Richard Mackson-USA TODAY Sports
The Clippers last five losses have come against the five best teams in the league, raising questions of whether they can compete with elite teams.
Sixteen games. The NBA regular season last 82 games, and as such any sixteen game sequence represents about a fifth of the season. As it happens, the Clippers have had some pretty interesting sixteen game stretches this season, and how you feel about the team depends greatly on how you look at those stretches, and which ones you want to emphasize.
There was of course the month of December -- a perfect 16-0 month for the team, one of only three 16-0 calendar months in NBA history.
Of you might look at the 16 games from January 12 to February 8, a stretch in which the Clippers were 7-9. Of course, Chris Paul was injured during that entire sequence, missing 12 of those games, so it's not surprising that the Clippers struggled, and it's not necessary to dwell on it assuming Paul is healthy now.
I'm most interested for the time being in looking at the first 16 games of the season and the last 16 games the Clippers have played, to compare and contrast those two quintiles of the season.
In the first 16 games this season, the Clippers were 10-6. That includes two wins at the very start of the 17 game winning streak. In the most recent 16 games this season, the Clippers are 11-5.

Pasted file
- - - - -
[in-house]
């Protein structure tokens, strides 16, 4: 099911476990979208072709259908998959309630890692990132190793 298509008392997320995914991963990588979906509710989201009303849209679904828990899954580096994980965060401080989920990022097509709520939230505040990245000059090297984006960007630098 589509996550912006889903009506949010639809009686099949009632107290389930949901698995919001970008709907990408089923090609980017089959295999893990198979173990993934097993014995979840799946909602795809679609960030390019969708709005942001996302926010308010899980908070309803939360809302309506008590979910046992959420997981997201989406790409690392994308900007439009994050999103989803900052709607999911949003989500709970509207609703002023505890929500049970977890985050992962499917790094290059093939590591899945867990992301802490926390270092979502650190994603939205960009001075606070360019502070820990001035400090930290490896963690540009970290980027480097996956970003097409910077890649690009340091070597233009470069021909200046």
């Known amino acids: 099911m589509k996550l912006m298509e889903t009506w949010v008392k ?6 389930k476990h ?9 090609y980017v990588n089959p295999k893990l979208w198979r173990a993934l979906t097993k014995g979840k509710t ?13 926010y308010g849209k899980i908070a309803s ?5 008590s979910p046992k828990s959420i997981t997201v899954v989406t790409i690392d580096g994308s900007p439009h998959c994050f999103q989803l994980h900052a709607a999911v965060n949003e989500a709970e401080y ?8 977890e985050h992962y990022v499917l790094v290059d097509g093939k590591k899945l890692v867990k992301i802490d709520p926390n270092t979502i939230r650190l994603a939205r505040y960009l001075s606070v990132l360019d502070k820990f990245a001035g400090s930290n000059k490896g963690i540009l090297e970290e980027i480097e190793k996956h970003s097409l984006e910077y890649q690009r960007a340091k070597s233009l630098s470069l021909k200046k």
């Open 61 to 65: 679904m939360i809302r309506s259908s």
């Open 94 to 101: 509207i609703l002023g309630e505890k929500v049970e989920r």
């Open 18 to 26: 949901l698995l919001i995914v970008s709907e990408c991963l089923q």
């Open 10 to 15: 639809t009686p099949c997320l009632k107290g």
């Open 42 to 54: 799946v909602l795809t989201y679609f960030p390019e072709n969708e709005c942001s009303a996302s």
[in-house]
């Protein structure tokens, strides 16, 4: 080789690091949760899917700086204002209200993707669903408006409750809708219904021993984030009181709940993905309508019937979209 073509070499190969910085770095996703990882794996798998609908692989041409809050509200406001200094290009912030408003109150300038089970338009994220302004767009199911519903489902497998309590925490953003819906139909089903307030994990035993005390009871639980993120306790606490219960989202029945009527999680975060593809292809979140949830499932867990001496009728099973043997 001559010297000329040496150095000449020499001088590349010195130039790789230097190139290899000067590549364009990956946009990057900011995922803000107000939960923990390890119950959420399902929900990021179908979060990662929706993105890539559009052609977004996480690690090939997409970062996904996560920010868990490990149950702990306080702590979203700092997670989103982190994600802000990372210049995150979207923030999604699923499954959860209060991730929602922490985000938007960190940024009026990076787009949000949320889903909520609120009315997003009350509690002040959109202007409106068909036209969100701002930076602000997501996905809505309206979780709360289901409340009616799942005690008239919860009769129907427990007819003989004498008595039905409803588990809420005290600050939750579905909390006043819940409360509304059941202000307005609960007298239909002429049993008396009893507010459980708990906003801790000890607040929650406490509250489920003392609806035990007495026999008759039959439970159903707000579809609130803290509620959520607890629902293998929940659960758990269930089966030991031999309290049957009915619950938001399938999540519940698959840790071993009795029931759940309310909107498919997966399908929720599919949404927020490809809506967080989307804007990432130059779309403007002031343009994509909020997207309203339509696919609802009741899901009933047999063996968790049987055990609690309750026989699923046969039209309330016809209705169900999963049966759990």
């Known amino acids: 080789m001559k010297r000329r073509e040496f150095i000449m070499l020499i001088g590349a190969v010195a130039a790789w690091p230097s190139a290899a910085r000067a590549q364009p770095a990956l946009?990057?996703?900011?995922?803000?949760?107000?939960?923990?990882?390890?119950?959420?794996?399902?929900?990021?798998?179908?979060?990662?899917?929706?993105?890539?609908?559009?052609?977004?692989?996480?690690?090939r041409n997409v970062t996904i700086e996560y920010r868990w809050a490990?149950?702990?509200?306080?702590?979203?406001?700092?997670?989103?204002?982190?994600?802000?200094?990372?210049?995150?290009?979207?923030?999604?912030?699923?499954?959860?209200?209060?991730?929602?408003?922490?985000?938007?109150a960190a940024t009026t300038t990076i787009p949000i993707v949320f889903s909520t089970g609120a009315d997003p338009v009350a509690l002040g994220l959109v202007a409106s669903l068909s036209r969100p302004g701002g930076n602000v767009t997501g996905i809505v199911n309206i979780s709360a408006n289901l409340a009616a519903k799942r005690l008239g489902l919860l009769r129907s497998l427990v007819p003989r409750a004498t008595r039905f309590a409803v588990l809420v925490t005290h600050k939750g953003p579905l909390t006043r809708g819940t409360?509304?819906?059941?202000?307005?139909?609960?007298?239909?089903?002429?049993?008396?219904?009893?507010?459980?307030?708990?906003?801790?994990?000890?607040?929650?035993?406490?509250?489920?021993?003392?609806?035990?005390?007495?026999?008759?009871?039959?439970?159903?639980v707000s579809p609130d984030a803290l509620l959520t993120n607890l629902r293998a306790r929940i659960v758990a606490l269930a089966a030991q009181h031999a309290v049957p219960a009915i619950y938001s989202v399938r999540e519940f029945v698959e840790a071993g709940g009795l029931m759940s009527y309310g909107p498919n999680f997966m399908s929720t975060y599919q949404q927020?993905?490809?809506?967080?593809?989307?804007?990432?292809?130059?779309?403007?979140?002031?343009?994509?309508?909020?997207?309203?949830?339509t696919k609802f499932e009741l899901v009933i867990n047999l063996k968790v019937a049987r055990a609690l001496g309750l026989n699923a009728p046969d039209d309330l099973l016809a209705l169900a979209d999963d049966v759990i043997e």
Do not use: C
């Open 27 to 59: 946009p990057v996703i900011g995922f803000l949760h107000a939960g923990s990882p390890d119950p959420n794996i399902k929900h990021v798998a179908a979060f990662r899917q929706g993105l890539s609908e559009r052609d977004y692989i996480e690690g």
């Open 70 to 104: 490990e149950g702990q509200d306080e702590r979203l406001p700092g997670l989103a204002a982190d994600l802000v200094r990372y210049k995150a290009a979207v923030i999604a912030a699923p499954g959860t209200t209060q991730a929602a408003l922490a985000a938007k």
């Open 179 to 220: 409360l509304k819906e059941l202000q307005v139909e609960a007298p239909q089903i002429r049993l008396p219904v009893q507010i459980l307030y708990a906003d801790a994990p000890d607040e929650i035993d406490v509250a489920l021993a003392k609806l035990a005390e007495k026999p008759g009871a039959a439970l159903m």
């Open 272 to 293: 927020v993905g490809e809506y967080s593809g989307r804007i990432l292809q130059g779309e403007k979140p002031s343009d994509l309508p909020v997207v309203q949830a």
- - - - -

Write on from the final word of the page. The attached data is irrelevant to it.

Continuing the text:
During both of those sequences, the team has been relatively healthy. By that I mean, in particular that Chris Paul and Blake Griffin were each healthy and appearing in games. At the beginning of the season Chauncey Billups missed all but two games, and Grant Hill missed them all of course. Meanwhile in recent weeks a series of minor injuries have caused Eric Bledsoe (4 games missed), Jamal Crawford (3) and Caron Butler (2) to miss time. But the Clippers have proven themselves to be deep this season, deep enough to withstand a few injuries to anyone other than their top two players.
At first glance, the Clippers first 16 games and their last 16 games seem pretty similar, 10-6 versus 11-5. Yet the five losses in the recent not-so-sweet 16 has many pundits convinced that the Clippers are not a serious contender in the Western Conference playoffs.
We all know well that the NBA schedule can have a major impact on how a team performs over a series of games. While the Clippers were winning 17 straight, although they did play seven teams currently over .500, the Denver Nuggets were the only opponent anywhere close to the top of the league.